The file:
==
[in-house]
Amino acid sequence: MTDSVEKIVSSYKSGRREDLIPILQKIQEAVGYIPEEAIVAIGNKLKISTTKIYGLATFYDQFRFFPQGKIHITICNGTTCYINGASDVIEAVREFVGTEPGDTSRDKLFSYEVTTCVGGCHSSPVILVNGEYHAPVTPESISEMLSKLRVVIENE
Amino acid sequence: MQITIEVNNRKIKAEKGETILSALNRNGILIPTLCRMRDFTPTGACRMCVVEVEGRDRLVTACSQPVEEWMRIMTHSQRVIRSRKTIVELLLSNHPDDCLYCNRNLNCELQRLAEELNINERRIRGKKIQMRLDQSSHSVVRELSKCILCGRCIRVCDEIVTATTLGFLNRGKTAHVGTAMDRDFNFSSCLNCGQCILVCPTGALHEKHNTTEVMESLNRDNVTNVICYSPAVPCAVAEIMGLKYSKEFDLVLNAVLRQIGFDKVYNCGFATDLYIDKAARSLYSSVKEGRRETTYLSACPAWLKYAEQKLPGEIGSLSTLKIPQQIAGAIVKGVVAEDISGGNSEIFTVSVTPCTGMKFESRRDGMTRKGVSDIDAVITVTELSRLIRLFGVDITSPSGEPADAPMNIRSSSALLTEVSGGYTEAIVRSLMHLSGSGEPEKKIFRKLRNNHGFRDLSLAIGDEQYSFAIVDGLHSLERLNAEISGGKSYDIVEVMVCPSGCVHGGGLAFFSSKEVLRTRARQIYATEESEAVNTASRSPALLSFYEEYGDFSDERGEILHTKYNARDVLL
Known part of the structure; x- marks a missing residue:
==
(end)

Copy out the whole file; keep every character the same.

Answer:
[in-house]
Amino acid sequence: MTDSVEKIVSSYKSGRREDLIPILQKIQEAVGYIPEEAIVAIGNKLKISTTKIYGLATFYDQFRFFPQGKIHITICNGTTCYINGASDVIEAVREFVGTEPGDTSRDKLFSYEVTTCVGGCHSSPVILVNGEYHAPVTPESISEMLSKLRVVIENE
Amino acid sequence: MQITIEVNNRKIKAEKGETILSALNRNGILIPTLCRMRDFTPTGACRMCVVEVEGRDRLVTACSQPVEEWMRIMTHSQRVIRSRKTIVELLLSNHPDDCLYCNRNLNCELQRLAEELNINERRIRGKKIQMRLDQSSHSVVRELSKCILCGRCIRVCDEIVTATTLGFLNRGKTAHVGTAMDRDFNFSSCLNCGQCILVCPTGALHEKHNTTEVMESLNRDNVTNVICYSPAVPCAVAEIMGLKYSKEFDLVLNAVLRQIGFDKVYNCGFATDLYIDKAARSLYSSVKEGRRETTYLSACPAWLKYAEQKLPGEIGSLSTLKIPQQIAGAIVKGVVAEDISGGNSEIFTVSVTPCTGMKFESRRDGMTRKGVSDIDAVITVTELSRLIRLFGVDITSPSGEPADAPMNIRSSSALLTEVSGGYTEAIVRSLMHLSGSGEPEKKIFRKLRNNHGFRDLSLAIGDEQYSFAIVDGLHSLERLNAEISGGKSYDIVEVMVCPSGCVHGGGLAFFSSKEVLRTRARQIYATEESEAVNTASRSPALLSFYEEYGDFSDERGEILHTKYNARDVLL
Known part of the structure; x- marks a missing residue: